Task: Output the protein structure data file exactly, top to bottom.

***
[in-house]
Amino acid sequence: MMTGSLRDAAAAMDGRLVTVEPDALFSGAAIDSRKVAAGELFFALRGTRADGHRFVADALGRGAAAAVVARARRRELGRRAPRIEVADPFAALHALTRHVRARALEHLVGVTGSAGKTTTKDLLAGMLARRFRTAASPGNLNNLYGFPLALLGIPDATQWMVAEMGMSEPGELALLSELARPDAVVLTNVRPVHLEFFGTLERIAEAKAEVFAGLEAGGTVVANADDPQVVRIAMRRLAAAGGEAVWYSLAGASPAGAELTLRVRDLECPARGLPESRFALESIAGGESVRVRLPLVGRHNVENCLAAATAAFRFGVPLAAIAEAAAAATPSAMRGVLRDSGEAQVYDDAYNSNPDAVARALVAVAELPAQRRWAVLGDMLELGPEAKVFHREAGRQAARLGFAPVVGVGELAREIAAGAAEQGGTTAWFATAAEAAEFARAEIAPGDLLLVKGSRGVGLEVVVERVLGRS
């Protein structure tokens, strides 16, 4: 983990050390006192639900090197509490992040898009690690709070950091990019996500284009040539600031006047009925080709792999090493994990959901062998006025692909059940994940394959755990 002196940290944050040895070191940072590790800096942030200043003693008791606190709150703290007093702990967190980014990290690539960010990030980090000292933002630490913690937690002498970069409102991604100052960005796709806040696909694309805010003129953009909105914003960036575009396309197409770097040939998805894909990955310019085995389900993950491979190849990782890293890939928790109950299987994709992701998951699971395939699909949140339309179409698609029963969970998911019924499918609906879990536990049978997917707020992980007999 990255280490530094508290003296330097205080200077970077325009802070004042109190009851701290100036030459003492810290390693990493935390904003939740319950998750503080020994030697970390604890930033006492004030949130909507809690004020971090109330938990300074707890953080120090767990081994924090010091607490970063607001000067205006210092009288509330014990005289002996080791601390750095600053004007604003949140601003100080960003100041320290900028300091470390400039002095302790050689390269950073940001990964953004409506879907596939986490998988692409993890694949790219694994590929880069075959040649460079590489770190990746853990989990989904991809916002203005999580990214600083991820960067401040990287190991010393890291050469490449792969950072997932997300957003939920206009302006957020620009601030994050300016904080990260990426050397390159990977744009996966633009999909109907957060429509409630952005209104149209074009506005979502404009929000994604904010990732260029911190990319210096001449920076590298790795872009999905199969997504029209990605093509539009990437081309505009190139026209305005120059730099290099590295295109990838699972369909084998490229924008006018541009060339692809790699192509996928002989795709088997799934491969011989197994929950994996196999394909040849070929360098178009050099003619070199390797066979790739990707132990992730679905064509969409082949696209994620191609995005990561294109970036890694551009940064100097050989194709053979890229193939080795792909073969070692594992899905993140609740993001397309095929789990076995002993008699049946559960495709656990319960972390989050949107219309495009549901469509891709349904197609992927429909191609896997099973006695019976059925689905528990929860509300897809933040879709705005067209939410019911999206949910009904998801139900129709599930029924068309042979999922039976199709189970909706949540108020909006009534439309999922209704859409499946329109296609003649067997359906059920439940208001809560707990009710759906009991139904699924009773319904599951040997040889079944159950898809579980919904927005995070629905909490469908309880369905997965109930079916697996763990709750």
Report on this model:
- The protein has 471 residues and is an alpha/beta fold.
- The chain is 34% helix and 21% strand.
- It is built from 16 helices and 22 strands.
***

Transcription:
[in-house]
Amino acid sequence: MMTGSLRDAAAAMDGRLVTVEPDALFSGAAIDSRKVAAGELFFALRGTRADGHRFVADALGRGAAAAVVARARRRELGRRAPRIEVADPFAALHALTRHVRARALEHLVGVTGSAGKTTTKDLLAGMLARRFRTAASPGNLNNLYGFPLALLGIPDATQWMVAEMGMSEPGELALLSELARPDAVVLTNVRPVHLEFFGTLERIAEAKAEVFAGLEAGGTVVANADDPQVVRIAMRRLAAAGGEAVWYSLAGASPAGAELTLRVRDLECPARGLPESRFALESIAGGESVRVRLPLVGRHNVENCLAAATAAFRFGVPLAAIAEAAAAATPSAMRGVLRDSGEAQVYDDAYNSNPDAVARALVAVAELPAQRRWAVLGDMLELGPEAKVFHREAGRQAARLGFAPVVGVGELAREIAAGAAEQGGTTAWFATAAEAAEFARAEIAPGDLLLVKGSRGVGLEVVVERVLGRS
């Protein structure tokens, strides 16, 4: 983990050390006192639900090197509490992040898009690690709070950091990019996500284009040539600031006047009925080709792999090493994990959901062998006025692909059940994940394959755990 002196940290944050040895070191940072590790800096942030200043003693008791606190709150703290007093702990967190980014990290690539960010990030980090000292933002630490913690937690002498970069409102991604100052960005796709806040696909694309805010003129953009909105914003960036575009396309197409770097040939998805894909990955310019085995389900993950491979190849990782890293890939928790109950299987994709992701998951699971395939699909949140339309179409698609029963969970998911019924499918609906879990536990049978997917707020992980007999 990255280490530094508290003296330097205080200077970077325009802070004042109190009851701290100036030459003492810290390693990493935390904003939740319950998750503080020994030697970390604890930033006492004030949130909507809690004020971090109330938990300074707890953080120090767990081994924090010091607490970063607001000067205006210092009288509330014990005289002996080791601390750095600053004007604003949140601003100080960003100041320290900028300091470390400039002095302790050689390269950073940001990964953004409506879907596939986490998988692409993890694949790219694994590929880069075959040649460079590489770190990746853990989990989904991809916002203005999580990214600083991820960067401040990287190991010393890291050469490449792969950072997932997300957003939920206009302006957020620009601030994050300016904080990260990426050397390159990977744009996966633009999909109907957060429509409630952005209104149209074009506005979502404009929000994604904010990732260029911190990319210096001449920076590298790795872009999905199969997504029209990605093509539009990437081309505009190139026209305005120059730099290099590295295109990838699972369909084998490229924008006018541009060339692809790699192509996928002989795709088997799934491969011989197994929950994996196999394909040849070929360098178009050099003619070199390797066979790739990707132990992730679905064509969409082949696209994620191609995005990561294109970036890694551009940064100097050989194709053979890229193939080795792909073969070692594992899905993140609740993001397309095929789990076995002993008699049946559960495709656990319960972390989050949107219309495009549901469509891709349904197609992927429909191609896997099973006695019976059925689905528990929860509300897809933040879709705005067209939410019911999206949910009904998801139900129709599930029924068309042979999922039976199709189970909706949540108020909006009534439309999922209704859409499946329109296609003649067997359906059920439940208001809560707990009710759906009991139904699924009773319904599951040997040889079944159950898809579980919904927005995070629905909490469908309880369905997965109930079916697996763990709750």
Report on this model:
- The protein has 471 residues and is an alpha/beta fold.
- The chain is 34% helix and 21% strand.
- It is built from 16 helices and 22 strands.